The Debenhams store closed in 2021, as part of a closure of 118 stores nationwide, and has since remained entirely vacant. The building was originally purpose-built as a department store within the Southgate development, completed in 2009. The Southgate site as a whole now marks a key transition point between the bus and train stations and the historic city centre, with the Dorchester Street frontage acting as a prominent gateway in both streetscape views and wider landscape views to the south (eg. Beechen Cliff). Originally proposed to replace the deteriorating 1970s shopping centre and bus station, the Southgate masterplan drew on Georgian architectural principles to inform the site’s built form, scale, massing, and design. The store is located within the commercial centre of the Bath Conservation Area and World Heritage Site.


2022/2023 – Proposed Refurbishment

Application 22/04328/FUL proposed refurbishment and alteration to create new office space across the first and second floors, and improved retail space at ground floor. Works included the ‘activation’ of the roofscape to provide amenity space and a solar array, the enlargement of the second floor windows to increase natural light and ventilation, and the removal of columns from the ground floor colonnade to open up this area of the public realm along Dorchester Street.

BPT’s comments raised at pre-application stage had been taken into consideration as part of the submitted scheme. As recommended, where the enlarged second floor windows would cut through the existing cornice it was proposed to replace the cornice with a slimmer-profile stringcourse to mitigate visual impact, and to line the new window reveals in natural stone rather than a white metal cladding.

We welcomed bringing the building back into sustainable use, and retrofitting works to improve its energy efficiency. We raised some concerns about the design approach to the proposed alterations to the second floor windows and ground floor colonnade, where this would be at odds with the intended design reference of the building, and outlined potential design solutions to strike an appropriate compromise.

Read our planning application response here.

The application was granted planning permission, where the proposed works were considered to propose a number of benefits that would outweigh the identified less than substantial harm to the World Heritage Site, including the futureproofing of the building, integration of microrenewables, bringing a vacant building back into use, reactivation of the building frontage, and provision of Grade A office space within the city.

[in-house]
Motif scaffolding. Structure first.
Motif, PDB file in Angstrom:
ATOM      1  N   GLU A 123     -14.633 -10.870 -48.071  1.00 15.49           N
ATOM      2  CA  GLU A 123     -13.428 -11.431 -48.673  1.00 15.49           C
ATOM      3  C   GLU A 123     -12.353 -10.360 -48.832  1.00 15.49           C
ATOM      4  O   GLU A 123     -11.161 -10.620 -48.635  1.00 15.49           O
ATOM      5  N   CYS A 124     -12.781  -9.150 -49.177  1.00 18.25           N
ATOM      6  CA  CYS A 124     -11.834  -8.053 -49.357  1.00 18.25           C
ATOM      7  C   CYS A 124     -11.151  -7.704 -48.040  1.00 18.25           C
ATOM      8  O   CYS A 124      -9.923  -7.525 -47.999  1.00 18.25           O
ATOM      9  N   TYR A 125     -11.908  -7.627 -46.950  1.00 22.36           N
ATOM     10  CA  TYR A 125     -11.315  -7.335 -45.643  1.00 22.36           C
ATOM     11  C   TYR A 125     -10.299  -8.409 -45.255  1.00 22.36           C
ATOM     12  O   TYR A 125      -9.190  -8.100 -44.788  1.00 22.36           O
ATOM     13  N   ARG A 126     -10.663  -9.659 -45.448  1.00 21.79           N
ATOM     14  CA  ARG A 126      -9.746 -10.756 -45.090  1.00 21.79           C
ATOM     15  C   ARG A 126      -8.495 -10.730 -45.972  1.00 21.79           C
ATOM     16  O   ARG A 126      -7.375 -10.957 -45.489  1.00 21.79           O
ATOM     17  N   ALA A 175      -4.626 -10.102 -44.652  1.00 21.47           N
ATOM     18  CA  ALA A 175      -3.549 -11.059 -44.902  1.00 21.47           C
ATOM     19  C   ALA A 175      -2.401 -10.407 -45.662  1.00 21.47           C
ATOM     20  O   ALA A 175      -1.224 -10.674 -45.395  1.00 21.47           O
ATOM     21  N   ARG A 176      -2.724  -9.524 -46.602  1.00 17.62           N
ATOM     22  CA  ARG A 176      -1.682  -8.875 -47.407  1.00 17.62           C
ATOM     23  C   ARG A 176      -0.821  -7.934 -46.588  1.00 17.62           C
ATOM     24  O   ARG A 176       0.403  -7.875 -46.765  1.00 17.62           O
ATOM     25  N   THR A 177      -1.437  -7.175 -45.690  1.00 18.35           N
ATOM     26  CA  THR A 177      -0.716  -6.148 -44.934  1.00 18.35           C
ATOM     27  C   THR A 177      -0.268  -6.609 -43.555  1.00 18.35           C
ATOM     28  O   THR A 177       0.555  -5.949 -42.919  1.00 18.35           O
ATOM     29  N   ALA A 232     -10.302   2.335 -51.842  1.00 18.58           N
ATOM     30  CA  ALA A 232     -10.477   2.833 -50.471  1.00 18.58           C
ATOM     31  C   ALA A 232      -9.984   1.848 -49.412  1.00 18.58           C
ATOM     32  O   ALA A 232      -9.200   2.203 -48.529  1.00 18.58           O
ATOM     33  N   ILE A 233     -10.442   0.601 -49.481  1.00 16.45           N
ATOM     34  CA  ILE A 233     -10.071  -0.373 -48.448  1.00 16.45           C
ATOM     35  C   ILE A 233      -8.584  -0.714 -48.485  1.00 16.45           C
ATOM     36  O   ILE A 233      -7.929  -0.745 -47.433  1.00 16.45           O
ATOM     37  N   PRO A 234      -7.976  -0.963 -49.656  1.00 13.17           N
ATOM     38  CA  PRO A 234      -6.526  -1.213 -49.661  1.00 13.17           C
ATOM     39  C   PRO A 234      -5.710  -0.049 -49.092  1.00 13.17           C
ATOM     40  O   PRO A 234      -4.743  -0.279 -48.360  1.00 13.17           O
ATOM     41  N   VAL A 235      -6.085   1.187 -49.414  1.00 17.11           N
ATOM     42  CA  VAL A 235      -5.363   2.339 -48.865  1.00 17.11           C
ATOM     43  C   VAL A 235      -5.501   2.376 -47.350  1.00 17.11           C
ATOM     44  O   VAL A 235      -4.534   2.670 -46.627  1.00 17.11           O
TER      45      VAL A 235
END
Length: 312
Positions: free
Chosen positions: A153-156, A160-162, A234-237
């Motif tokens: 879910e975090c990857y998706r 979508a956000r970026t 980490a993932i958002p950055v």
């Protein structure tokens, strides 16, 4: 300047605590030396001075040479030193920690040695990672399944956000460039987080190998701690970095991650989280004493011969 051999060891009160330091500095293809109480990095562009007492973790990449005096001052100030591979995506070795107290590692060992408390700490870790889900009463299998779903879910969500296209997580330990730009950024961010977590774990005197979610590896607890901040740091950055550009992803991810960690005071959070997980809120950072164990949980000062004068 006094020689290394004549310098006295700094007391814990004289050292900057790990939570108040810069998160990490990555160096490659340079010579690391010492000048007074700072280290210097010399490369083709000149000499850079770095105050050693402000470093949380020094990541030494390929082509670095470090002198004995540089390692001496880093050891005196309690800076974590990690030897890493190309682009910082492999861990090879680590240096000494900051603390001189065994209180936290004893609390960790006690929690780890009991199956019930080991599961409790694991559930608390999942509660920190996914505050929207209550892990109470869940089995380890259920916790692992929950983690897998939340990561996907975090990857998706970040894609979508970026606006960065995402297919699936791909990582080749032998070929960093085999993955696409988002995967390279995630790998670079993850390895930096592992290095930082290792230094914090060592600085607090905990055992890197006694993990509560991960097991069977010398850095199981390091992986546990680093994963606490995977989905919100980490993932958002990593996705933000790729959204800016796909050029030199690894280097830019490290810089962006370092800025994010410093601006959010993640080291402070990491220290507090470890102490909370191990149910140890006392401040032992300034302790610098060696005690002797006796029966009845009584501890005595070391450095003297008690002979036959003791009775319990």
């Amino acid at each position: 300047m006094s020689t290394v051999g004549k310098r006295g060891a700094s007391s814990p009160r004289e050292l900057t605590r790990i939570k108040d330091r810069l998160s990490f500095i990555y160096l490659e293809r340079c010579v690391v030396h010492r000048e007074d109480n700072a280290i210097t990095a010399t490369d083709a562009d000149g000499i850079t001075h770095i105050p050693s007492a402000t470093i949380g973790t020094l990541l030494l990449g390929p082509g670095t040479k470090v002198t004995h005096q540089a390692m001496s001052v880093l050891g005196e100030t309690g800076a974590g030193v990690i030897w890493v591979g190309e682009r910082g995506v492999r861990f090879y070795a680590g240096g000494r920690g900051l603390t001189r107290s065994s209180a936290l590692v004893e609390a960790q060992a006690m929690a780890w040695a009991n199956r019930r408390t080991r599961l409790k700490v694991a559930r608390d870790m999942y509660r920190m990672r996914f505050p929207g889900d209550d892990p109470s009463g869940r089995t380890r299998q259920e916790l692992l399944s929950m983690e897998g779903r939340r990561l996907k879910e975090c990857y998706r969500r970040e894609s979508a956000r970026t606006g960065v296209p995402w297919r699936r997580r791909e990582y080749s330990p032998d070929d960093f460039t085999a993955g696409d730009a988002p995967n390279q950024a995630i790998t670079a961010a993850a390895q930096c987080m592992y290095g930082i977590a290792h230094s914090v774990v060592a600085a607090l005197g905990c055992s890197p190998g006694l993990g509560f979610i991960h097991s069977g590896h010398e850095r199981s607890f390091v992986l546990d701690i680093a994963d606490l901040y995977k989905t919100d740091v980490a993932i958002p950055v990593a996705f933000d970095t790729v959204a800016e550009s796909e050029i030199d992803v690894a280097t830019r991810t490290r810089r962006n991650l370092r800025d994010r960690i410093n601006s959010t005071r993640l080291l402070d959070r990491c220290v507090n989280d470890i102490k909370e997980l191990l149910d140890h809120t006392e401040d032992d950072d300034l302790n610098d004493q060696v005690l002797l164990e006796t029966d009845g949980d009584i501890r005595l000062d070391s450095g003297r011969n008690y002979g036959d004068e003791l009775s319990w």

2022 – Pre-Application Consultation for Redevelopment Options

BPT welcomed early engagement and the opportunity to have pre-application discussions with the design team. We expressed strong support for the reuse and enhancement of a major existing building within the city centre and supported proposals where this incorporated an ‘active’ retail use at ground floor. The integration of retrofitting, such as internal insulation, upgraded glazing, and a roof-mounted solar array, was commended at this stage.

We raised some concerns about proposed alterations to the appearance of the building, as follows:

  • The proposed enlargement of the second floor windows would compromise the composition of the façade by disrupting the established ‘order of proportion’ and the Georgian architectural integrity and character that the building endeavoured to incorporate. The windows would break through the cornice, resulting in incoherence with the intended architectural design.
  • Whilst recognising the intention to improve and reactivate public realm, we felt that the removal of the central columns from the colonnade would result in an unbalanced appearance in contrast with Dorchester Street’s uniform ground floor frontage treatment.
  • We recommended the inclusion of a soft landscaping plan and maintenance strategy to fully embed the proposed roofscape greening works into the overall scheme.